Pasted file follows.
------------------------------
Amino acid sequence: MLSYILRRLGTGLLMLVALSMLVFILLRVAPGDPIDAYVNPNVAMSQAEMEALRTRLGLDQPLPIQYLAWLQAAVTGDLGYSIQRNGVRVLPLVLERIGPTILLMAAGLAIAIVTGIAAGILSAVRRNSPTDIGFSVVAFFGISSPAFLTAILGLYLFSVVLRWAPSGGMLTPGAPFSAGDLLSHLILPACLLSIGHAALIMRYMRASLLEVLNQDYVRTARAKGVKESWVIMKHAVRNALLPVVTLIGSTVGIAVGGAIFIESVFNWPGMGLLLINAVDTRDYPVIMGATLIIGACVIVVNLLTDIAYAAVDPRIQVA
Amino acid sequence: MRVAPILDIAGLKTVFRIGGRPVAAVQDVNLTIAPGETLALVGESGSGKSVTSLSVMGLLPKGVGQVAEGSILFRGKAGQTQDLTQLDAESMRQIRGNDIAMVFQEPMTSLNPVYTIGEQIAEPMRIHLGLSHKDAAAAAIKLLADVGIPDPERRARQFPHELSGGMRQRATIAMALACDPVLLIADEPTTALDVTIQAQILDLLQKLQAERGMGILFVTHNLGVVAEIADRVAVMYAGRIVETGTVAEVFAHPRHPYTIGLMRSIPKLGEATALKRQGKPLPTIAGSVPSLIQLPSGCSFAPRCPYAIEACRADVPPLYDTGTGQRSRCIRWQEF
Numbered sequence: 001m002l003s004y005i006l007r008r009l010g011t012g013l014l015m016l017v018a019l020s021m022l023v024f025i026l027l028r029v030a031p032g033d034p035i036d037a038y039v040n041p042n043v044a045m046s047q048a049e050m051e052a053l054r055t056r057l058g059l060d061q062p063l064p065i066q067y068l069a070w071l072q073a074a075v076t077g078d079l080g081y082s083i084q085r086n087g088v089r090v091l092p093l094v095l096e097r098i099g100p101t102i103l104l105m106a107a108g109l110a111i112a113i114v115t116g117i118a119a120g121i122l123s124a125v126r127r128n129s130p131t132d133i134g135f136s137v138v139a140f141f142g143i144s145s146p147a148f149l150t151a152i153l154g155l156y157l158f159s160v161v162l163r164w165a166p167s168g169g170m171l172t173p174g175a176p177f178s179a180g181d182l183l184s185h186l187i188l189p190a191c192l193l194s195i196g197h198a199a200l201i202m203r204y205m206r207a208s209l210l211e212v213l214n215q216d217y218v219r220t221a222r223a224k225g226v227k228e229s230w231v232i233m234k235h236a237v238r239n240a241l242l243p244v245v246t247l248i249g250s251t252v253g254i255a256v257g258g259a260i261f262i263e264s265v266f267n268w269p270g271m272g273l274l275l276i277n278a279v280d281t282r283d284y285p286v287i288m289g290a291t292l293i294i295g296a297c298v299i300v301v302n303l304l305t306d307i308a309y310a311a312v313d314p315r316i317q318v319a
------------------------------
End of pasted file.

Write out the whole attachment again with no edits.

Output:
Amino acid sequence: MLSYILRRLGTGLLMLVALSMLVFILLRVAPGDPIDAYVNPNVAMSQAEMEALRTRLGLDQPLPIQYLAWLQAAVTGDLGYSIQRNGVRVLPLVLERIGPTILLMAAGLAIAIVTGIAAGILSAVRRNSPTDIGFSVVAFFGISSPAFLTAILGLYLFSVVLRWAPSGGMLTPGAPFSAGDLLSHLILPACLLSIGHAALIMRYMRASLLEVLNQDYVRTARAKGVKESWVIMKHAVRNALLPVVTLIGSTVGIAVGGAIFIESVFNWPGMGLLLINAVDTRDYPVIMGATLIIGACVIVVNLLTDIAYAAVDPRIQVA
Amino acid sequence: MRVAPILDIAGLKTVFRIGGRPVAAVQDVNLTIAPGETLALVGESGSGKSVTSLSVMGLLPKGVGQVAEGSILFRGKAGQTQDLTQLDAESMRQIRGNDIAMVFQEPMTSLNPVYTIGEQIAEPMRIHLGLSHKDAAAAAIKLLADVGIPDPERRARQFPHELSGGMRQRATIAMALACDPVLLIADEPTTALDVTIQAQILDLLQKLQAERGMGILFVTHNLGVVAEIADRVAVMYAGRIVETGTVAEVFAHPRHPYTIGLMRSIPKLGEATALKRQGKPLPTIAGSVPSLIQLPSGCSFAPRCPYAIEACRADVPPLYDTGTGQRSRCIRWQEF
Numbered sequence: 001m002l003s004y005i006l007r008r009l010g011t012g013l014l015m016l017v018a019l020s021m022l023v024f025i026l027l028r029v030a031p032g033d034p035i036d037a038y039v040n041p042n043v044a045m046s047q048a049e050m051e052a053l054r055t056r057l058g059l060d061q062p063l064p065i066q067y068l069a070w071l072q073a074a075v076t077g078d079l080g081y082s083i084q085r086n087g088v089r090v091l092p093l094v095l096e097r098i099g100p101t102i103l104l105m106a107a108g109l110a111i112a113i114v115t116g117i118a119a120g121i122l123s124a125v126r127r128n129s130p131t132d133i134g135f136s137v138v139a140f141f142g143i144s145s146p147a148f149l150t151a152i153l154g155l156y157l158f159s160v161v162l163r164w165a166p167s168g169g170m171l172t173p174g175a176p177f178s179a180g181d182l183l184s185h186l187i188l189p190a191c192l193l194s195i196g197h198a199a200l201i202m203r204y205m206r207a208s209l210l211e212v213l214n215q216d217y218v219r220t221a222r223a224k225g226v227k228e229s230w231v232i233m234k235h236a237v238r239n240a241l242l243p244v245v246t247l248i249g250s251t252v253g254i255a256v257g258g259a260i261f262i263e264s265v266f267n268w269p270g271m272g273l274l275l276i277n278a279v280d281t282r283d284y285p286v287i288m289g290a291t292l293i294i295g296a297c298v299i300v301v302n303l304l305t306d307i308a309y310a311a312v313d314p315r316i317q318v319a